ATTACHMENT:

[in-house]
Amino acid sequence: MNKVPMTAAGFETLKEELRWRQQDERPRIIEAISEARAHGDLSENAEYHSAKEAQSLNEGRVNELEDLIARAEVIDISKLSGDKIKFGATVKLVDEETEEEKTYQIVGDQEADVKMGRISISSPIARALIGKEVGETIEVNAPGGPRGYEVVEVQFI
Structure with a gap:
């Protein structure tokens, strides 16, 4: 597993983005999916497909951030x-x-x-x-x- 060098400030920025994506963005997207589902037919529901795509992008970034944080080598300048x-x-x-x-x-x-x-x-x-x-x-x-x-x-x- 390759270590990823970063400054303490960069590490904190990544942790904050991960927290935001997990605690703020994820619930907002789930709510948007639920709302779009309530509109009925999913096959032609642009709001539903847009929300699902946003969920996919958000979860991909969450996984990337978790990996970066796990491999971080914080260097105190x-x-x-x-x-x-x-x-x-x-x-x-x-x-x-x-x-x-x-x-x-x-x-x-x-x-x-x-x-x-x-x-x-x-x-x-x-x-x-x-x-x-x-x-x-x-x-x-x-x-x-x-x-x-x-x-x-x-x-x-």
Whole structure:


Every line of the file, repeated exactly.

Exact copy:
[in-house]
Amino acid sequence: MNKVPMTAAGFETLKEELRWRQQDERPRIIEAISEARAHGDLSENAEYHSAKEAQSLNEGRVNELEDLIARAEVIDISKLSGDKIKFGATVKLVDEETEEEKTYQIVGDQEADVKMGRISISSPIARALIGKEVGETIEVNAPGGPRGYEVVEVQFI
Structure with a gap:
């Protein structure tokens, strides 16, 4: 597993983005999916497909951030x-x-x-x-x- 060098400030920025994506963005997207589902037919529901795509992008970034944080080598300048x-x-x-x-x-x-x-x-x-x-x-x-x-x-x- 390759270590990823970063400054303490960069590490904190990544942790904050991960927290935001997990605690703020994820619930907002789930709510948007639920709302779009309530509109009925999913096959032609642009709001539903847009929300699902946003969920996919958000979860991909969450996984990337978790990996970066796990491999971080914080260097105190x-x-x-x-x-x-x-x-x-x-x-x-x-x-x-x-x-x-x-x-x-x-x-x-x-x-x-x-x-x-x-x-x-x-x-x-x-x-x-x-x-x-x-x-x-x-x-x-x-x-x-x-x-x-x-x-x-x-x-x-």
Whole structure: